The production’s director, Lee Lewis, is in total command of the demands of this comedy and complexity of the rhythmic language and has created a singular modern and elegant world, artfully designed by Sophie Fletcher, on this tiny apex stage that defies the limits of the space. A central variable speed revolve is almost always in motion in keeping with the ever changing dynamics of the plot and development of characters. Special mention to Verity Hampson’s lighting design which is masterful in such a challenging space. And to Max Lambert and Roger Lock for creating music and sound design so appropriate with a deliciously Australian flavour to it.
The cast are, without doubt, exceptional, not a miscast member amongst them. They are incredibly funny, erudite, and mesmerising to watch.
Kate Mulvany as the bookish and snobby eldest daughter, Amanda, is pure delight as she clowns across the uneven stage in high heels that are way to high. She inhabits a prudish and judgmental world that no one could possibly compete with as she jeers and sneers at everyone around her, except perhaps her pretentious mother Philomena who is so wonderfully portrayed by Caroline Brazier. Tall, lanky and so commanding, Brazier also doubles as the character of Vadius, a professor of literature who is the antithesis of pretension and is the voice of reason throughout the play.
This device of doubling characters is used several more times and to great dramatic and comic effect. Miranda Tapsell elegantly plays the innocent younger daughter who’s love interest is the amiable but prospect-less Clinton played by Jamie Oxenbould. Both also double; Tapsell is the earthy and mouthy kitchen maid, Martina, and Oxenbould plays Christopher, the hapless and defeatist husband of Philomena.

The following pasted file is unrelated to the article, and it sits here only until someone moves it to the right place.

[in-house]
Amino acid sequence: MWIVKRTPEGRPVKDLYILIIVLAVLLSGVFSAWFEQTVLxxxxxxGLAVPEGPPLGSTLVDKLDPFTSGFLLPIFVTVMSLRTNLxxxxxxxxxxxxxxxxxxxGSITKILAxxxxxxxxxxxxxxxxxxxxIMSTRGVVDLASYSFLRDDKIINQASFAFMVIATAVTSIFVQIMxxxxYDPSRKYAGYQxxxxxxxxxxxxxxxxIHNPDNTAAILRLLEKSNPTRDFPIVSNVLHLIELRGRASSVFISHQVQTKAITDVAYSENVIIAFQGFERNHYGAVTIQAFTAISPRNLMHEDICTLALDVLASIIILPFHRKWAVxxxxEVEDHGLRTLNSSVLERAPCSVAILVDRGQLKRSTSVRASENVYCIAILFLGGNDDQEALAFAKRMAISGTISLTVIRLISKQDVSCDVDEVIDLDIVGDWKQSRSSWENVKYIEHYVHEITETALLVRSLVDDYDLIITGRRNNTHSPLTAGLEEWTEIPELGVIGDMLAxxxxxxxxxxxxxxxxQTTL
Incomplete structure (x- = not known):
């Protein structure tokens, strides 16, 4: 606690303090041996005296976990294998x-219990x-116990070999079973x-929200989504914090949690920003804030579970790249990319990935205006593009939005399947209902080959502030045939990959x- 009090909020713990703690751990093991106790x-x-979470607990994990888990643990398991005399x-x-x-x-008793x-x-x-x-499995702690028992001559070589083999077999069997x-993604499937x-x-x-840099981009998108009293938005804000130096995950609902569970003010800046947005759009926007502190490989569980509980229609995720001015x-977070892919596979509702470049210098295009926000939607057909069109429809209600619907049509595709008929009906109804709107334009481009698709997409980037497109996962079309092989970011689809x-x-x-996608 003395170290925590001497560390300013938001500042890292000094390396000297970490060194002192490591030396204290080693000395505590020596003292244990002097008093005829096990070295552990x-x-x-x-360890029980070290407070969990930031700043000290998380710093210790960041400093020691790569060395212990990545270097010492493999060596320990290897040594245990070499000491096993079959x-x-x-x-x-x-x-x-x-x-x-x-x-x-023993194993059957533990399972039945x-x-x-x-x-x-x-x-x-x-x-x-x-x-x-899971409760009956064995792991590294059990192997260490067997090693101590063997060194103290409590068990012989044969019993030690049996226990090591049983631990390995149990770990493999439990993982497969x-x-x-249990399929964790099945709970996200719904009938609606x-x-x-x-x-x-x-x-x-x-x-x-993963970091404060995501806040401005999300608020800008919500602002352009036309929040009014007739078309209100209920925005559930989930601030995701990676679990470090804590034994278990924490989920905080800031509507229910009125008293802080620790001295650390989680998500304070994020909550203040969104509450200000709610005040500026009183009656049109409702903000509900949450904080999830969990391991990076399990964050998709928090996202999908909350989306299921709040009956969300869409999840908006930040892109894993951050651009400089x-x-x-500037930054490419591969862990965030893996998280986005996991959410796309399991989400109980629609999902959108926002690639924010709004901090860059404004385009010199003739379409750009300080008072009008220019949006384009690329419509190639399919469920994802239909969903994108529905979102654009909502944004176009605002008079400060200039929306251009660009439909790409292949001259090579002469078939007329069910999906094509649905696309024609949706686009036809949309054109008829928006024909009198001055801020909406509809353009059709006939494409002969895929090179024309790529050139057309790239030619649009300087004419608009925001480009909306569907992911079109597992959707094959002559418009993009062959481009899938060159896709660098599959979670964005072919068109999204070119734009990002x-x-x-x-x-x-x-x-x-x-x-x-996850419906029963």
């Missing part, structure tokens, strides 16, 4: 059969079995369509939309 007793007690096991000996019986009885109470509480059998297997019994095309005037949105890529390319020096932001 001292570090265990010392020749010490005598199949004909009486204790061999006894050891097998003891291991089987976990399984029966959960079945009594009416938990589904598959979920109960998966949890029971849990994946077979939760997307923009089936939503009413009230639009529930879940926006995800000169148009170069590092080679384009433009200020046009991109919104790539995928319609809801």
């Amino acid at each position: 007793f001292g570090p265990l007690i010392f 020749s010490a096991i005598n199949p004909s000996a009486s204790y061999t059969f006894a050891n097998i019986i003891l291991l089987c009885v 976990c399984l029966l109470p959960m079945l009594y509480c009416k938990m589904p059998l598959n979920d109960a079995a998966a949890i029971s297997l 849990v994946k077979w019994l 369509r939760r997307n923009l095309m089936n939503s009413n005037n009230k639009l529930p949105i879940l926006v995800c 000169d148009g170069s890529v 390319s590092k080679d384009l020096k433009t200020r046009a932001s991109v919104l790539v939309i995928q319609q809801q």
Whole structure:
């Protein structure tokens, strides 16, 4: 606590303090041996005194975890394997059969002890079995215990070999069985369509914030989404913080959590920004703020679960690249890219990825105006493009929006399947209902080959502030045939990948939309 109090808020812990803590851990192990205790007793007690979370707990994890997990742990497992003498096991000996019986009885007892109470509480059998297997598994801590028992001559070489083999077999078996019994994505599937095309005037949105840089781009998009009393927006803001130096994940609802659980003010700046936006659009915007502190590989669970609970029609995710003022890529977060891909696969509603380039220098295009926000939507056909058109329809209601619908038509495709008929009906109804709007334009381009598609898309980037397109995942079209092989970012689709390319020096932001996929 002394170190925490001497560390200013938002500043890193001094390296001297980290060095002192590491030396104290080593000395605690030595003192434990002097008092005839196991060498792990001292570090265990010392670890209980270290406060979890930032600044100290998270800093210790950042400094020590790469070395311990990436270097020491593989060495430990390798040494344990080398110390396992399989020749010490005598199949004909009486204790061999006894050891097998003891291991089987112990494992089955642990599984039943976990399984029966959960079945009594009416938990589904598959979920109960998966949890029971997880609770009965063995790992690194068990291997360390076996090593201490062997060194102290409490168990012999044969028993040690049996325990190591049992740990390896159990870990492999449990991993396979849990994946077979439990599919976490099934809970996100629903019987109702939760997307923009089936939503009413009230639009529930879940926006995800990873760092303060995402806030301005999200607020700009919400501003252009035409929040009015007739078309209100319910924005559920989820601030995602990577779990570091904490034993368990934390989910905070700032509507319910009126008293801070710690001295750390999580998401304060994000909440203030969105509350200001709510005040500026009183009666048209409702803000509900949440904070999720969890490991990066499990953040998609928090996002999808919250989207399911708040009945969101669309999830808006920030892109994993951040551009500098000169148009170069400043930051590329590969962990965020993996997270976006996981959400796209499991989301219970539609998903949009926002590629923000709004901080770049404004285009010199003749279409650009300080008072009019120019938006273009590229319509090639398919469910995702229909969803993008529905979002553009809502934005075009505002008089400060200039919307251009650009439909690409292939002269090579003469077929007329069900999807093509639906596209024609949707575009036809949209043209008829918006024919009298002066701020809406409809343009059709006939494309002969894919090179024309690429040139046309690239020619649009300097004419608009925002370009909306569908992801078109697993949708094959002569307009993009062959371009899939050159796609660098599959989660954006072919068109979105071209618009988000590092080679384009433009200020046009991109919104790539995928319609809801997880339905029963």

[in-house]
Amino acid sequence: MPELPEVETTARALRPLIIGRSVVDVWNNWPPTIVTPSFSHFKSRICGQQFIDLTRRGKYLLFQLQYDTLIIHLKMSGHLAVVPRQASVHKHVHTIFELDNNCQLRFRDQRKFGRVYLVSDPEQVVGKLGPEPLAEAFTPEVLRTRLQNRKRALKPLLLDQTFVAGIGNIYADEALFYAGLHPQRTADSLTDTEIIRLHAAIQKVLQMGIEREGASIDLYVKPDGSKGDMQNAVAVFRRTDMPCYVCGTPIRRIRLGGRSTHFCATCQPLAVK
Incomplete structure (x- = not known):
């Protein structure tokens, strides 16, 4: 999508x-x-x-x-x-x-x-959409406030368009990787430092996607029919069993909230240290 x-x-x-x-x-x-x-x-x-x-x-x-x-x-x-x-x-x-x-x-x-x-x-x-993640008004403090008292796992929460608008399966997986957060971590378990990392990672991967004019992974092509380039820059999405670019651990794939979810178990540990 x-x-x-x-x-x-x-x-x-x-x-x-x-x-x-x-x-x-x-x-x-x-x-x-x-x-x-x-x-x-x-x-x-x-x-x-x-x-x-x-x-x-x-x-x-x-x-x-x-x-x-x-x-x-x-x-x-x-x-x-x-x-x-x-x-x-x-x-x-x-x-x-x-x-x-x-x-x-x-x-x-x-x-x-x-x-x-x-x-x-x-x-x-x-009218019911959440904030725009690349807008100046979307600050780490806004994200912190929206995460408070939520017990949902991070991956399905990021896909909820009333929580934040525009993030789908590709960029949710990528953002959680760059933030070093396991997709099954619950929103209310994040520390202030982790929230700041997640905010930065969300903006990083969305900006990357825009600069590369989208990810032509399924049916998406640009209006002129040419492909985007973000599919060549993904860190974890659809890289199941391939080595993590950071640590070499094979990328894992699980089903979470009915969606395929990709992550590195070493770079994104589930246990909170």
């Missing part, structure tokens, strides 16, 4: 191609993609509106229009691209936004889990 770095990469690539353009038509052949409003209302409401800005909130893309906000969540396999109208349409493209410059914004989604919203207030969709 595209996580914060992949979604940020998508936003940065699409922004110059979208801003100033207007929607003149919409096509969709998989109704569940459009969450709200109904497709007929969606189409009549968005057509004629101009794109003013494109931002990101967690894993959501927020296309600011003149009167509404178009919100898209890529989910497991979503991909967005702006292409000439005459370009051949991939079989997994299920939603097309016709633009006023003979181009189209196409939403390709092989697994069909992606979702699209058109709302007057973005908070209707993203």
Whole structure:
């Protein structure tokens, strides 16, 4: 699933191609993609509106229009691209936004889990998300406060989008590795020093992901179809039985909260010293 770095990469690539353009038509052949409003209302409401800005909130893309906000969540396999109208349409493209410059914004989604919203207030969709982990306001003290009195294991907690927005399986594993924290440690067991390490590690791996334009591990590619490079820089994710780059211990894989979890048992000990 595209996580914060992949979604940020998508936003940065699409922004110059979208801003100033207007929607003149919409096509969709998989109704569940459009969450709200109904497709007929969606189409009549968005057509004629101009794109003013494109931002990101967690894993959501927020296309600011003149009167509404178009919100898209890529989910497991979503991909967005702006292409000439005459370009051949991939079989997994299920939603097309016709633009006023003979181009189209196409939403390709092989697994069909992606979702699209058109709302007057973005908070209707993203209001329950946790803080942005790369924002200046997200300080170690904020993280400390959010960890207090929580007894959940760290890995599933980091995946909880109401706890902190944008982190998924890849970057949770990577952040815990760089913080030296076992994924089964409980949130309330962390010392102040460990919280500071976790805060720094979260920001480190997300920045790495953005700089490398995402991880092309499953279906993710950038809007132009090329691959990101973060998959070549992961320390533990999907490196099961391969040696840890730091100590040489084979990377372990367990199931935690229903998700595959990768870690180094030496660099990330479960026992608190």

There is an excruciatingly hilarious scene in act two where Oxenbould flits backwards and forwards between his characters with the simple act of pulling on and off his baseball hat, all the while the revolve getting faster as he walks, then runs with the revolve and against it as his character flips back and forth – and then there is all the rhyming language being shot at us. It was a moment of sheer acting and directing brilliance that left the audience rolling in the aisles and erupting into rapturous applause.
The final character of Tristan Tosser, played beautifully by Gareth Davies, is as his surname suggests the epitome of the foppish, fay and pretentious poet who sucks in Amanda and Philomenia with his delusions about social status and the pursuit of a pure artistic life. Everyone else can see his ulterior motives and it amounts to a contest between empty words and the true nature of love.
There was a most deserved standing ovation at the end of the show and the intimacy of this fabulous space only adding to the intensity of the performance.
This production of The Literati is a great testament to a tremendously successful collaboration between two cornerstone theatre companies, but it is also a wonderful homage to John Bell and reminds us all of the legacy of new Australian theatre and a national classical theatre company that he has bequeathed to Australian audiences for well over half a century.